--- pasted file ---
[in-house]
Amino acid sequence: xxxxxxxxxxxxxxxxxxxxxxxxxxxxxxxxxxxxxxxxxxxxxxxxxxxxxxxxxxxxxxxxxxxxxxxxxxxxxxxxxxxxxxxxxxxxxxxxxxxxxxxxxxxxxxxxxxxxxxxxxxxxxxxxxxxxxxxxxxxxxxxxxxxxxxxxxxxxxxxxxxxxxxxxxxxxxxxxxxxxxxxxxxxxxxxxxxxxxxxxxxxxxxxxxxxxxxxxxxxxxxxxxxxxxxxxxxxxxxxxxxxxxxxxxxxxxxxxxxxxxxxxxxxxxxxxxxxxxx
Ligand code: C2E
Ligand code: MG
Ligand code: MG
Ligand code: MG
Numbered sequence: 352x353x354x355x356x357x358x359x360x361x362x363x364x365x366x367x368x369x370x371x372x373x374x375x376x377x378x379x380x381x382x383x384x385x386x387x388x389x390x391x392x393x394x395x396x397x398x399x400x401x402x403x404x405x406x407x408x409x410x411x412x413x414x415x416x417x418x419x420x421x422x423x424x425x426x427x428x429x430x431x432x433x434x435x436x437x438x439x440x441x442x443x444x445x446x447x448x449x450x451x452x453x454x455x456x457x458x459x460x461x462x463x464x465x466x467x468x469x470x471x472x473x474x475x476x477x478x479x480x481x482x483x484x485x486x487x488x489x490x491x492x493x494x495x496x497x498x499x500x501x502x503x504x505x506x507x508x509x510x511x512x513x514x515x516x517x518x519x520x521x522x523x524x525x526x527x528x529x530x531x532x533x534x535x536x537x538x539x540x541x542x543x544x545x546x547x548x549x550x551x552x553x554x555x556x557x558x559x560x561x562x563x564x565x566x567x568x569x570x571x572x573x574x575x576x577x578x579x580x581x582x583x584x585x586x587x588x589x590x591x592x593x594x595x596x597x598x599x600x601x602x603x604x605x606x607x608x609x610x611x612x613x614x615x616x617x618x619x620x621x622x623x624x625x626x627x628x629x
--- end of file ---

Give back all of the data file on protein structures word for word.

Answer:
[in-house]
Amino acid sequence: xxxxxxxxxxxxxxxxxxxxxxxxxxxxxxxxxxxxxxxxxxxxxxxxxxxxxxxxxxxxxxxxxxxxxxxxxxxxxxxxxxxxxxxxxxxxxxxxxxxxxxxxxxxxxxxxxxxxxxxxxxxxxxxxxxxxxxxxxxxxxxxxxxxxxxxxxxxxxxxxxxxxxxxxxxxxxxxxxxxxxxxxxxxxxxxxxxxxxxxxxxxxxxxxxxxxxxxxxxxxxxxxxxxxxxxxxxxxxxxxxxxxxxxxxxxxxxxxxxxxxxxxxxxxxxxxxxxxxx
Ligand code: C2E
Ligand code: MG
Ligand code: MG
Ligand code: MG
Numbered sequence: 352x353x354x355x356x357x358x359x360x361x362x363x364x365x366x367x368x369x370x371x372x373x374x375x376x377x378x379x380x381x382x383x384x385x386x387x388x389x390x391x392x393x394x395x396x397x398x399x400x401x402x403x404x405x406x407x408x409x410x411x412x413x414x415x416x417x418x419x420x421x422x423x424x425x426x427x428x429x430x431x432x433x434x435x436x437x438x439x440x441x442x443x444x445x446x447x448x449x450x451x452x453x454x455x456x457x458x459x460x461x462x463x464x465x466x467x468x469x470x471x472x473x474x475x476x477x478x479x480x481x482x483x484x485x486x487x488x489x490x491x492x493x494x495x496x497x498x499x500x501x502x503x504x505x506x507x508x509x510x511x512x513x514x515x516x517x518x519x520x521x522x523x524x525x526x527x528x529x530x531x532x533x534x535x536x537x538x539x540x541x542x543x544x545x546x547x548x549x550x551x552x553x554x555x556x557x558x559x560x561x562x563x564x565x566x567x568x569x570x571x572x573x574x575x576x577x578x579x580x581x582x583x584x585x586x587x588x589x590x591x592x593x594x595x596x597x598x599x600x601x602x603x604x605x606x607x608x609x610x611x612x613x614x615x616x617x618x619x620x621x622x623x624x625x626x627x628x629x